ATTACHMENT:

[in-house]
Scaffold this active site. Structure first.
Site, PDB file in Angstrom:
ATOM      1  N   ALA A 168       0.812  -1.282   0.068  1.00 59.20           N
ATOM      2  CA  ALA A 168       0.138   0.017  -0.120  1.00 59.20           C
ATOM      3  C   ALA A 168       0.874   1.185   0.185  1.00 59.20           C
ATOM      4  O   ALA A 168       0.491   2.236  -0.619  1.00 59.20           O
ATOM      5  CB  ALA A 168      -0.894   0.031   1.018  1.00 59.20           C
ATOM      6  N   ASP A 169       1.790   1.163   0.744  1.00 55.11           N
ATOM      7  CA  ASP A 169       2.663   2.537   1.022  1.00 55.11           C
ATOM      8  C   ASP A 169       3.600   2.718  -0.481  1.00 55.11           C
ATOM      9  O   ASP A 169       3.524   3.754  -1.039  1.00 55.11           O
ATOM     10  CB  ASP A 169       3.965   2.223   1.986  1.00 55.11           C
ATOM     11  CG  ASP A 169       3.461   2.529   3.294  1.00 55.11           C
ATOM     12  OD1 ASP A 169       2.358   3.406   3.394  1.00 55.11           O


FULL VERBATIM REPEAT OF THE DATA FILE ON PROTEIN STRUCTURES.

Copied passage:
[in-house]
Scaffold this active site. Structure first.
Site, PDB file in Angstrom:
ATOM      1  N   ALA A 168       0.812  -1.282   0.068  1.00 59.20           N
ATOM      2  CA  ALA A 168       0.138   0.017  -0.120  1.00 59.20           C
ATOM      3  C   ALA A 168       0.874   1.185   0.185  1.00 59.20           C
ATOM      4  O   ALA A 168       0.491   2.236  -0.619  1.00 59.20           O
ATOM      5  CB  ALA A 168      -0.894   0.031   1.018  1.00 59.20           C
ATOM      6  N   ASP A 169       1.790   1.163   0.744  1.00 55.11           N
ATOM      7  CA  ASP A 169       2.663   2.537   1.022  1.00 55.11           C
ATOM      8  C   ASP A 169       3.600   2.718  -0.481  1.00 55.11           C
ATOM      9  O   ASP A 169       3.524   3.754  -1.039  1.00 55.11           O
ATOM     10  CB  ASP A 169       3.965   2.223   1.986  1.00 55.11           C
ATOM     11  CG  ASP A 169       3.461   2.529   3.294  1.00 55.11           C
ATOM     12  OD1 ASP A 169       2.358   3.406   3.394  1.00 55.11           O